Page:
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Armel Kerrest

Although we have long moved on from a spacefaring environment dominated by the actions of two State powers, modern space law is still centred on the notion of ‘launching States’, including as the basic concept for applying the Liability Convention. This chapter asks whether the legal framework established at the time of adoption of the Liability Convention is still efficient for the regulation of commercial space ventures, in particular by questioning the continuing relevance and definition of the concept of ‘launching State’. This question will be considered in four steps, discussing in turn (1) the importance of the notion of launching States; (2) the interest of holding States liable for damage caused by a space object; (3) the implications of private entities getting involved in this framework; and (4) the entity carrying the risk created by private space activities. Keywords: launching State; liability; private actors

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Jan Wouters, Philip De Man and Rik Hansen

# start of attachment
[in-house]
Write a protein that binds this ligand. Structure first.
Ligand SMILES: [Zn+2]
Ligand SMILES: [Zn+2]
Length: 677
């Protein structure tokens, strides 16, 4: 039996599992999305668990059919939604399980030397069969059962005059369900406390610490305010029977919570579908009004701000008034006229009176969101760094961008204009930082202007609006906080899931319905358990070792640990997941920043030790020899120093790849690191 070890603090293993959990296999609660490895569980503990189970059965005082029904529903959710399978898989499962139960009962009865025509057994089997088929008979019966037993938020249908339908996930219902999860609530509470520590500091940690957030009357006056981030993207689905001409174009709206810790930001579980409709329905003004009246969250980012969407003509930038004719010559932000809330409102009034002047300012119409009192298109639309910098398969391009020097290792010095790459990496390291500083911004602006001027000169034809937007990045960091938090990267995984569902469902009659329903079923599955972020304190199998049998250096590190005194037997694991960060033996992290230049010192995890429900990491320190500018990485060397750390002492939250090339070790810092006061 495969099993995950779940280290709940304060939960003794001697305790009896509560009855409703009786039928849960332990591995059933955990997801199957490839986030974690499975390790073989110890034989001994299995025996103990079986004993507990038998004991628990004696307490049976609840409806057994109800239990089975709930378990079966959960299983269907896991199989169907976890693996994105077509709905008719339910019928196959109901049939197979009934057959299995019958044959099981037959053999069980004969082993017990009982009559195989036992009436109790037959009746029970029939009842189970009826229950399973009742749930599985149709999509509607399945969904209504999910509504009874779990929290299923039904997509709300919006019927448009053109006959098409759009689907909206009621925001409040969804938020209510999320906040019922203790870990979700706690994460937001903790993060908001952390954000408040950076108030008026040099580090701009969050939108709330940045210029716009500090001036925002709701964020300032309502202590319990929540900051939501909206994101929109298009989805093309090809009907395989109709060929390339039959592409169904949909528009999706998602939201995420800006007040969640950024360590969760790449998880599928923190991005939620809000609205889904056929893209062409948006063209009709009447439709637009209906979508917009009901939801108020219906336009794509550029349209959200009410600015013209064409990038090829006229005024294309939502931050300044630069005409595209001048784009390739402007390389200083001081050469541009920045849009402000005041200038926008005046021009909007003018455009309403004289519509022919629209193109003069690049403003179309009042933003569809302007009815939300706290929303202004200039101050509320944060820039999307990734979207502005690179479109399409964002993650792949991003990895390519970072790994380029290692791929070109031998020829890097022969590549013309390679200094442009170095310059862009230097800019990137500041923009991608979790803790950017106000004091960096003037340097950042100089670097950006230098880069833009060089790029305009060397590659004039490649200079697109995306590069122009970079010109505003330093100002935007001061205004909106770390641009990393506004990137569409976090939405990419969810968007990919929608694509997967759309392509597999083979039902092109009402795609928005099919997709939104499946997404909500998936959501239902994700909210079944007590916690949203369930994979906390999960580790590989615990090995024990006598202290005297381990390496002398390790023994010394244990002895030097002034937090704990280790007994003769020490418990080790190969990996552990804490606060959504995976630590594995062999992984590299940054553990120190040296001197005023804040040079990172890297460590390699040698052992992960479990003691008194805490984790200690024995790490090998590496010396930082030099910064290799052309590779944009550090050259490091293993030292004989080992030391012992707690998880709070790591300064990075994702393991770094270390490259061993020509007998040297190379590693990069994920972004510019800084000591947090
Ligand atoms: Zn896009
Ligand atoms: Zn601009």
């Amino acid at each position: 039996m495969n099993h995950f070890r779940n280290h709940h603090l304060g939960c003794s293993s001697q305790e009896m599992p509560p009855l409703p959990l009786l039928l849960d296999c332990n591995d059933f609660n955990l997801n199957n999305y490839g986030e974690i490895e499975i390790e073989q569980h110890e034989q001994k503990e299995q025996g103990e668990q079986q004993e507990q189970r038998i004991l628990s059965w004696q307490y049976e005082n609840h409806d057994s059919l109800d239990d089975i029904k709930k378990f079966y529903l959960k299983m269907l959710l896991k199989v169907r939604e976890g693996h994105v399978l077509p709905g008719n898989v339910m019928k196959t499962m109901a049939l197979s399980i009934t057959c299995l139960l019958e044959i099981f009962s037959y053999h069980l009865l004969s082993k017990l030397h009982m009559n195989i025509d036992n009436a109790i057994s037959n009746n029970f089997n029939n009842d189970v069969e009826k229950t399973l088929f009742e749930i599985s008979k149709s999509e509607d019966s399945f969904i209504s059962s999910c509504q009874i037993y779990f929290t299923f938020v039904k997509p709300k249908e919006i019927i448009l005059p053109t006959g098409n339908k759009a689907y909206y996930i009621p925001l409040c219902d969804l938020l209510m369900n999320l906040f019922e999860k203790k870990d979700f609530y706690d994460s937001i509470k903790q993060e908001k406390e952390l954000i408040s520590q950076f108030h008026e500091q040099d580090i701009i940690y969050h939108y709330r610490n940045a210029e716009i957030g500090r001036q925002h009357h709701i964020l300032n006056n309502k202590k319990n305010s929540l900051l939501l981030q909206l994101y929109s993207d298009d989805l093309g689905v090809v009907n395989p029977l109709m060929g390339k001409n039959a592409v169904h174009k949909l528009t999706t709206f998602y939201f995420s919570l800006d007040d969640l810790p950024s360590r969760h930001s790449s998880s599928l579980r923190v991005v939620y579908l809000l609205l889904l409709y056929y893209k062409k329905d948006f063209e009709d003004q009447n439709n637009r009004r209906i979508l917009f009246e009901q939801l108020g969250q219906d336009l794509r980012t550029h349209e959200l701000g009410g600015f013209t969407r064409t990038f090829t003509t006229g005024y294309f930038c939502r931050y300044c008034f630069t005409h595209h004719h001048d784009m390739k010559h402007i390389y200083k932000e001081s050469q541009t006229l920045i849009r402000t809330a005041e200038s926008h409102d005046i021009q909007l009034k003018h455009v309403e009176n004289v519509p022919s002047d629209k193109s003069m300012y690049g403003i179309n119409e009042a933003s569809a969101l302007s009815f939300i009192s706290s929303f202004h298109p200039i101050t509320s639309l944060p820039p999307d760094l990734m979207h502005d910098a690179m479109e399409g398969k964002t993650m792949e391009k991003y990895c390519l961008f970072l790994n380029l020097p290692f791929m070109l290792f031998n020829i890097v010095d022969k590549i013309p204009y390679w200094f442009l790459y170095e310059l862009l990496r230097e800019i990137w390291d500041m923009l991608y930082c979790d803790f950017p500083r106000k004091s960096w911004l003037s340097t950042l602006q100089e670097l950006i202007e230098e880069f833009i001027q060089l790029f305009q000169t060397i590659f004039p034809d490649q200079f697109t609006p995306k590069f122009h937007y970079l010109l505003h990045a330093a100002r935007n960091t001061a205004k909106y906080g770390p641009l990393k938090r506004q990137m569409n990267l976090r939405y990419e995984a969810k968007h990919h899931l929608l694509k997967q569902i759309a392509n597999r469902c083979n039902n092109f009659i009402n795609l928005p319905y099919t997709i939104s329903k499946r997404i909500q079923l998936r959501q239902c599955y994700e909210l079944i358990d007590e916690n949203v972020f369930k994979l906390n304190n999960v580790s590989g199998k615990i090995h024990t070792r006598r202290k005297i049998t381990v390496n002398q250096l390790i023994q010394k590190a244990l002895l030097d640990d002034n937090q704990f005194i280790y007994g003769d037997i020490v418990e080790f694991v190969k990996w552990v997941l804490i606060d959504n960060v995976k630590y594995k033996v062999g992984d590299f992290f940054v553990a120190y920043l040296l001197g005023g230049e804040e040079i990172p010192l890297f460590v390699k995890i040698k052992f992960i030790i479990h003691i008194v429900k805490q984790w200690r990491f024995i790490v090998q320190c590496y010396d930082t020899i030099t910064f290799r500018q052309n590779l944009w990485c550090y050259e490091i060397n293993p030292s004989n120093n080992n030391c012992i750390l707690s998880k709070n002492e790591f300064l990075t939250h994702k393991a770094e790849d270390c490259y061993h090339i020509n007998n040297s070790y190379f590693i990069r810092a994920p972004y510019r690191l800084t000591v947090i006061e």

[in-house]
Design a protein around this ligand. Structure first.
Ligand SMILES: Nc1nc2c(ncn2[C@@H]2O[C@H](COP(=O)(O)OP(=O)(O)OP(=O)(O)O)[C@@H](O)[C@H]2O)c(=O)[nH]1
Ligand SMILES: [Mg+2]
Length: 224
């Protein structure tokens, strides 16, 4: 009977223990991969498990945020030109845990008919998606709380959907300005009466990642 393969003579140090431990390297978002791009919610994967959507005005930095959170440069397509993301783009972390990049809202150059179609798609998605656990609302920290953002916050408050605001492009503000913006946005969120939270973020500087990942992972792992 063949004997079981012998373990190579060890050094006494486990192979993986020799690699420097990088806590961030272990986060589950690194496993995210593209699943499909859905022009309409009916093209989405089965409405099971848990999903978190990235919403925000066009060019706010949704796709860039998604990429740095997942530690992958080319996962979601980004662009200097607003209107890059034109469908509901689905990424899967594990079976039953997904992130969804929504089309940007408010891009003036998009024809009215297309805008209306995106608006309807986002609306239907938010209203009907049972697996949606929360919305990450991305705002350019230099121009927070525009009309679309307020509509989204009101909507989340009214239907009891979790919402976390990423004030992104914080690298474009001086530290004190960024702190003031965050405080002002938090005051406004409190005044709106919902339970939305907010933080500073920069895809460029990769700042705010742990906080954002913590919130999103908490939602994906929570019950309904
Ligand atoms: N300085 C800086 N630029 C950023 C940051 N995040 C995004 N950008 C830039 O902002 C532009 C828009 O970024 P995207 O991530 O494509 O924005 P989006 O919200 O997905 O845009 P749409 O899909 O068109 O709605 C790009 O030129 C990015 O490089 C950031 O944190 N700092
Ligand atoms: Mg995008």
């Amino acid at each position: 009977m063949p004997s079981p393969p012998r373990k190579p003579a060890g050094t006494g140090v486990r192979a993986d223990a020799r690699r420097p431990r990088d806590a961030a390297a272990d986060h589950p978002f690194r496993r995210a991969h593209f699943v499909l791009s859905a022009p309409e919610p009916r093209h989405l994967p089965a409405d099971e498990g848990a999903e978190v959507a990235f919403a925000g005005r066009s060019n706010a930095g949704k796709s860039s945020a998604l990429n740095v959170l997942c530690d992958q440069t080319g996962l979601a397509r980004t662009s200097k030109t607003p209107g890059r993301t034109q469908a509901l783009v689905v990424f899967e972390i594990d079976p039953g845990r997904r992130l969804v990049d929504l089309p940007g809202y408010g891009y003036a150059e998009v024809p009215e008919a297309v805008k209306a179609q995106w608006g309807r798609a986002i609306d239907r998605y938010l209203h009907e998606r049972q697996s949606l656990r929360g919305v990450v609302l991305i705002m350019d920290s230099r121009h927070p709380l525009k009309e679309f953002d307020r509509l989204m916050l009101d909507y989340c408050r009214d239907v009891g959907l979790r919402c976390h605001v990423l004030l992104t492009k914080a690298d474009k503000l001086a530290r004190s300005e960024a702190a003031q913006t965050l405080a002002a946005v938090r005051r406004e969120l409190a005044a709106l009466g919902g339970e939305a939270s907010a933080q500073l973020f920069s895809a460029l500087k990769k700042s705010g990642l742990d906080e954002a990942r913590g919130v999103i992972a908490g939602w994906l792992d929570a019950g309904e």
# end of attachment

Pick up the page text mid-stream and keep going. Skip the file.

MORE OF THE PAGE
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Edited by Frans von der Dunk

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Edited by Frans von der Dunk

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Edited by Frans von der Dunk

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Rusty Schweickart

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Edited by Frans von der Dunk

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Edited by Frans von der Dunk

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Edited by Frans von der Dunk

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Edited by Frans von der Dunk